1

I am running Debian Linux on an embedded system. It has an ethernet port and it also uses 3G USB modem. Wvdial and pppd are used and I have pppd configured to make the interface (ppp0) the default route when it comes up.

In the field these systems only use the modem but I like to login over ethernet (SSH) to monitor things while testing on the bench. In particular I'm trying to test the situation where the modem loses its carrier. In this case PPPD eventually fails and the ppp0 interface is removed. My LAN then becomes the default route allowing my software to behave normally. But I don't want my software to know about that LAN.

Is the thing to do to create a static route only for things destined for my LAN such that when the ppp0 interface disappears it will fail when trying to access our servers? Other suggestions?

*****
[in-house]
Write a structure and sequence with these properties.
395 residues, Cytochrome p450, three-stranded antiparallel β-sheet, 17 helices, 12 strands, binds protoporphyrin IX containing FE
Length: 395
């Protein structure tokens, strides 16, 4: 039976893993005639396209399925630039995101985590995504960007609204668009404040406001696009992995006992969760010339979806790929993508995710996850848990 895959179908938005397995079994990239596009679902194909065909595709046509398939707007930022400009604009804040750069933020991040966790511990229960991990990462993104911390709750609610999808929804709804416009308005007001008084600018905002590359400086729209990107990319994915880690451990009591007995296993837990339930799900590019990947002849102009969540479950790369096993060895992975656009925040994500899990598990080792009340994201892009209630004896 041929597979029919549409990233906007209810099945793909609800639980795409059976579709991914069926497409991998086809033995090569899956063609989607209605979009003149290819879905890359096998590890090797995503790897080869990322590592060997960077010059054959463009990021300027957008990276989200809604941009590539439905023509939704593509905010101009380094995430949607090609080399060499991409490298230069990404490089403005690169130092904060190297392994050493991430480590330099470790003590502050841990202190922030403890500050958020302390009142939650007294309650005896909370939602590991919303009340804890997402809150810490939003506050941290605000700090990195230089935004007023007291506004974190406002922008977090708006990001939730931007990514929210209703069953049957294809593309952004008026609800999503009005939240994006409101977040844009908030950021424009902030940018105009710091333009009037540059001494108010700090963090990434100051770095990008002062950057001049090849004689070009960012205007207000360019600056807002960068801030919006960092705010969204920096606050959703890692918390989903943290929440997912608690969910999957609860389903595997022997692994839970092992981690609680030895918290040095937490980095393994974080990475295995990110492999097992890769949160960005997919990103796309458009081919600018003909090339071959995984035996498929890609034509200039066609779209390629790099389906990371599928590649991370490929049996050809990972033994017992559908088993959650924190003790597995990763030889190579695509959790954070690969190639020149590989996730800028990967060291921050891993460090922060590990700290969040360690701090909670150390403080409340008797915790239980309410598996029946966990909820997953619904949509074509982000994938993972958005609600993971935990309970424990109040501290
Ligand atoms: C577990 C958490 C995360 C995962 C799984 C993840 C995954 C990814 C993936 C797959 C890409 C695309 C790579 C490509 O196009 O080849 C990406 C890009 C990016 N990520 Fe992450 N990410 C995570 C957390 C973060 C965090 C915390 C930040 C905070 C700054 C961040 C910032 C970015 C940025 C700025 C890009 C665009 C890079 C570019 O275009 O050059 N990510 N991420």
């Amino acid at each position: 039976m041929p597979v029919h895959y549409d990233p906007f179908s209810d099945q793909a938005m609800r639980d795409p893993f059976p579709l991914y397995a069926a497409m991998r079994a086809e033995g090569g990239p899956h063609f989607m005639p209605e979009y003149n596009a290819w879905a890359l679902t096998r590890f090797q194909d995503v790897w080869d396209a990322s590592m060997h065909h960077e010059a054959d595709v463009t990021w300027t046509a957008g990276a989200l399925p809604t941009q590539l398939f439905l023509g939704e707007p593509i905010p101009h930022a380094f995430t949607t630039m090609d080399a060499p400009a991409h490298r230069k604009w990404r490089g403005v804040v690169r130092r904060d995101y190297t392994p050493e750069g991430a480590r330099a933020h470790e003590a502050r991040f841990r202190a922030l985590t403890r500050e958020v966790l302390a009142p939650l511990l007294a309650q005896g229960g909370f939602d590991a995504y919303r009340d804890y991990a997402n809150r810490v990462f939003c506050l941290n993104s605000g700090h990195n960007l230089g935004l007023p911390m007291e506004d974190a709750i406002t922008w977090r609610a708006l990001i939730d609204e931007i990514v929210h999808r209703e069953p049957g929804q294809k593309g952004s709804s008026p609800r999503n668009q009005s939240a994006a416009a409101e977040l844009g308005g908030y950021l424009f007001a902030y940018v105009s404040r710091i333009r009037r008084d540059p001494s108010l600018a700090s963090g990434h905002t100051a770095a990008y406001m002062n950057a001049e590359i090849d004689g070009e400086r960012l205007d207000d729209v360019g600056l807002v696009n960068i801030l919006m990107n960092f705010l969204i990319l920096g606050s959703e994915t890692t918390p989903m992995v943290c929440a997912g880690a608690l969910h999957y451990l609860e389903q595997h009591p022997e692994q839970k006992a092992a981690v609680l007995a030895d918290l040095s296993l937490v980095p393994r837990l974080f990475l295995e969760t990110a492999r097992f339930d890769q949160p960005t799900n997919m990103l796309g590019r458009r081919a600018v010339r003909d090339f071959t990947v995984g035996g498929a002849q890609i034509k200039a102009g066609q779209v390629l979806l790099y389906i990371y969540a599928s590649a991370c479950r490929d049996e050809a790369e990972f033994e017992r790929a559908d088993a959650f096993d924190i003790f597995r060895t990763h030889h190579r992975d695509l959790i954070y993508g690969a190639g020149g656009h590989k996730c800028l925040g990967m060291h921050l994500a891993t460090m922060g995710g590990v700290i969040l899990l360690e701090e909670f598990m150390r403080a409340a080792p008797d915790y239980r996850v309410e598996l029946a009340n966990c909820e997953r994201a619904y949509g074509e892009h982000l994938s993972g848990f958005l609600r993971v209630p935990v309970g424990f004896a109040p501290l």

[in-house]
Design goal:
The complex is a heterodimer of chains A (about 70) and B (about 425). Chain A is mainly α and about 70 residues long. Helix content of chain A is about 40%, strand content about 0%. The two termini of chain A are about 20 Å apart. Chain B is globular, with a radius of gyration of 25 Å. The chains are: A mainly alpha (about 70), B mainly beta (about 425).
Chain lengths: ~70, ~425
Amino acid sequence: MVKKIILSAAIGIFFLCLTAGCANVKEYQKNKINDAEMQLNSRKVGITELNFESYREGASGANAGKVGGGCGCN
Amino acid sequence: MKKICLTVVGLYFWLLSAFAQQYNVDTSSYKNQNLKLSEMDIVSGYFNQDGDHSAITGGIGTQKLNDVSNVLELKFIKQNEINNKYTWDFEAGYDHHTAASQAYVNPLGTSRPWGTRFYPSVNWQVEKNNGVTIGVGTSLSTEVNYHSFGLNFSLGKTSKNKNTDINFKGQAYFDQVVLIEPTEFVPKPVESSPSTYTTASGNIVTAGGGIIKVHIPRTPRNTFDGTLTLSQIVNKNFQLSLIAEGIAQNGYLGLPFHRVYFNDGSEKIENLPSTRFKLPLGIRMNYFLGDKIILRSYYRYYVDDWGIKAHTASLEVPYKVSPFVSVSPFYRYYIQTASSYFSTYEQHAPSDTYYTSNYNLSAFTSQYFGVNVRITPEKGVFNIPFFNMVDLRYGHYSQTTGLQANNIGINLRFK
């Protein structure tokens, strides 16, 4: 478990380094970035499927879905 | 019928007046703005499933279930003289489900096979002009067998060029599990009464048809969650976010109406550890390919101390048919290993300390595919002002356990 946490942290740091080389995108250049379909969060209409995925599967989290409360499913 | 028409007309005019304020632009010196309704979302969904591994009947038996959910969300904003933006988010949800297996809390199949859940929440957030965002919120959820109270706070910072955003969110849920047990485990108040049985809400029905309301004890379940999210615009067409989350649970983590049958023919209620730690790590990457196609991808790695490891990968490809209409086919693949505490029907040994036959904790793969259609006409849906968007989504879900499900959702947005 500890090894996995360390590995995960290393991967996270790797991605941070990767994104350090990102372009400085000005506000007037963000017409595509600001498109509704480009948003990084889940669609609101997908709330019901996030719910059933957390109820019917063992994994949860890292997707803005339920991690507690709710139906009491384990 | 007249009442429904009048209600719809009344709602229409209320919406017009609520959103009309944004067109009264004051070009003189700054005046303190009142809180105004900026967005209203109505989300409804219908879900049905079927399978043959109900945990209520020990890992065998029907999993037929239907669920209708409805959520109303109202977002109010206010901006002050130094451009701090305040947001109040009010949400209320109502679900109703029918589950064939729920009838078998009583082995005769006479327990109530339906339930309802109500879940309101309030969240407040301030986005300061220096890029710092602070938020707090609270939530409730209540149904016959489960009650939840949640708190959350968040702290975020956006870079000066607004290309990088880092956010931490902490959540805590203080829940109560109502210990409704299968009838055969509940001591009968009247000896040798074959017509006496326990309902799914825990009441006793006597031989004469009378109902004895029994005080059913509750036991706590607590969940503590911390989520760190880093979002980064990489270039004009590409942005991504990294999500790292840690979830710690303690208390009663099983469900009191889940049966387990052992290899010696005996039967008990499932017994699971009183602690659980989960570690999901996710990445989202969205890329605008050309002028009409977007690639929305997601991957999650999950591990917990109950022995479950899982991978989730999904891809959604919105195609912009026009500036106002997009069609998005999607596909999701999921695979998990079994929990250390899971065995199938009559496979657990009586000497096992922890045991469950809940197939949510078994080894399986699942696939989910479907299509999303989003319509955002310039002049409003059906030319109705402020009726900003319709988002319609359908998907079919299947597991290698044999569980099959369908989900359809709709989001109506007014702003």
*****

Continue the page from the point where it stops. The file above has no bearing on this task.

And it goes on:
Thanks.

1

If you do not deploy the device with the LAN interface, I suggest you remove the interface from any sort of management that you device offers for DHCP or routing or such. Then connect the device Ethernet directly to your workstation via a dedicated interface, and static provision both ends with no gateways. Then the device should act much like it does in the field. And you will still have SSH access.

| improve this answer | |
  • I like this answer because it has a good product development angle--avoid mixing in test configuration cruft with the product software. In my situation however I need ethernet for manufacturing. There was a simple solution which was to define the ethernet interface statically rather than use DHCP (which would advertise a gateway to the rest of the world). The routing table has no default in this case and when PPP kicks in it creates a default through its link. My ethernet interface can still be used to route my SSH packets back to me though the LAN. – Kenny Mar 29 '17 at 22:45

Your Answer

By clicking “Post Your Answer”, you agree to our terms of service, privacy policy and cookie policy

Not the answer you're looking for? Browse other questions tagged or ask your own question.